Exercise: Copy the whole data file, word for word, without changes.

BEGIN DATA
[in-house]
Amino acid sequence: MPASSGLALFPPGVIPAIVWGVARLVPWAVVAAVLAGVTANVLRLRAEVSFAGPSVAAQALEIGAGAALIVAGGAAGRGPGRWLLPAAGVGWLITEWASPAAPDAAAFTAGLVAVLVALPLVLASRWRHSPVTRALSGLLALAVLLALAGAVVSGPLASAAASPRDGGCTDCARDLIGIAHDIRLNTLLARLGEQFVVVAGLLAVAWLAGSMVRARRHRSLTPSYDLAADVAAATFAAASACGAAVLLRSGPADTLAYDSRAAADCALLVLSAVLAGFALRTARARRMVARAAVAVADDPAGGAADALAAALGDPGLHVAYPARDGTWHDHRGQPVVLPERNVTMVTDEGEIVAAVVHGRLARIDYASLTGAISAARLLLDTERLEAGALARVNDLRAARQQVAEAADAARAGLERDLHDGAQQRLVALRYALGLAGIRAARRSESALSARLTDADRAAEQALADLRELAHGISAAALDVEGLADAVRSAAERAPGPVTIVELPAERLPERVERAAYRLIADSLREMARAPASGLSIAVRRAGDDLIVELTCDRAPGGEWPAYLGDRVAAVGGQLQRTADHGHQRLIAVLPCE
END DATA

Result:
[in-house]
Amino acid sequence: MPASSGLALFPPGVIPAIVWGVARLVPWAVVAAVLAGVTANVLRLRAEVSFAGPSVAAQALEIGAGAALIVAGGAAGRGPGRWLLPAAGVGWLITEWASPAAPDAAAFTAGLVAVLVALPLVLASRWRHSPVTRALSGLLALAVLLALAGAVVSGPLASAAASPRDGGCTDCARDLIGIAHDIRLNTLLARLGEQFVVVAGLLAVAWLAGSMVRARRHRSLTPSYDLAADVAAATFAAASACGAAVLLRSGPADTLAYDSRAAADCALLVLSAVLAGFALRTARARRMVARAAVAVADDPAGGAADALAAALGDPGLHVAYPARDGTWHDHRGQPVVLPERNVTMVTDEGEIVAAVVHGRLARIDYASLTGAISAARLLLDTERLEAGALARVNDLRAARQQVAEAADAARAGLERDLHDGAQQRLVALRYALGLAGIRAARRSESALSARLTDADRAAEQALADLRELAHGISAAALDVEGLADAVRSAAERAPGPVTIVELPAERLPERVERAAYRLIADSLREMARAPASGLSIAVRRAGDDLIVELTCDRAPGGEWPAYLGDRVAAVGGQLQRTADHGHQRLIAVLPCE